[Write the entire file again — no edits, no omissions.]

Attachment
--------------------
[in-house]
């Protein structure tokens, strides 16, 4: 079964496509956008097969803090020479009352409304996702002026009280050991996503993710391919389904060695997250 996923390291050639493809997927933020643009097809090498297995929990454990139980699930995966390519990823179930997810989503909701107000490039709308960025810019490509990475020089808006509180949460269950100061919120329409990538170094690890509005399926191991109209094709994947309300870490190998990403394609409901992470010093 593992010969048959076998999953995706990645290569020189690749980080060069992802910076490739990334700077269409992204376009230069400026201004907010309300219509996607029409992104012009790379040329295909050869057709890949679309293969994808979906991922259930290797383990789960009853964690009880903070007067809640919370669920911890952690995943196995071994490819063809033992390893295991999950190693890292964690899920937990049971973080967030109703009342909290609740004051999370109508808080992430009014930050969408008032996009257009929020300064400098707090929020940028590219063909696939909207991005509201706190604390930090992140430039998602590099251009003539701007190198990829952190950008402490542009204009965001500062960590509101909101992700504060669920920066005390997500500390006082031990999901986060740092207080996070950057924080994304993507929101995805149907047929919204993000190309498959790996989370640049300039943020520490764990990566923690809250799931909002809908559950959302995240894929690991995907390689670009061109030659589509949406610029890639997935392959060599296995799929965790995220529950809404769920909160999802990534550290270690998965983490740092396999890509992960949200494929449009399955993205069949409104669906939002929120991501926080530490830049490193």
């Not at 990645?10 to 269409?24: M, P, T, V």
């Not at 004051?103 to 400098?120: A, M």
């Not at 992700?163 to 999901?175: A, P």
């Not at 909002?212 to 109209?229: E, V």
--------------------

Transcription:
[in-house]
């Protein structure tokens, strides 16, 4: 079964496509956008097969803090020479009352409304996702002026009280050991996503993710391919389904060695997250 996923390291050639493809997927933020643009097809090498297995929990454990139980699930995966390519990823179930997810989503909701107000490039709308960025810019490509990475020089808006509180949460269950100061919120329409990538170094690890509005399926191991109209094709994947309300870490190998990403394609409901992470010093 593992010969048959076998999953995706990645290569020189690749980080060069992802910076490739990334700077269409992204376009230069400026201004907010309300219509996607029409992104012009790379040329295909050869057709890949679309293969994808979906991922259930290797383990789960009853964690009880903070007067809640919370669920911890952690995943196995071994490819063809033992390893295991999950190693890292964690899920937990049971973080967030109703009342909290609740004051999370109508808080992430009014930050969408008032996009257009929020300064400098707090929020940028590219063909696939909207991005509201706190604390930090992140430039998602590099251009003539701007190198990829952190950008402490542009204009965001500062960590509101909101992700504060669920920066005390997500500390006082031990999901986060740092207080996070950057924080994304993507929101995805149907047929919204993000190309498959790996989370640049300039943020520490764990990566923690809250799931909002809908559950959302995240894929690991995907390689670009061109030659589509949406610029890639997935392959060599296995799929965790995220529950809404769920909160999802990534550290270690998965983490740092396999890509992960949200494929449009399955993205069949409104669906939002929120991501926080530490830049490193």
């Not at 990645?10 to 269409?24: M, P, T, V």
């Not at 004051?103 to 400098?120: A, M």
């Not at 992700?163 to 999901?175: A, P």
């Not at 909002?212 to 109209?229: E, V």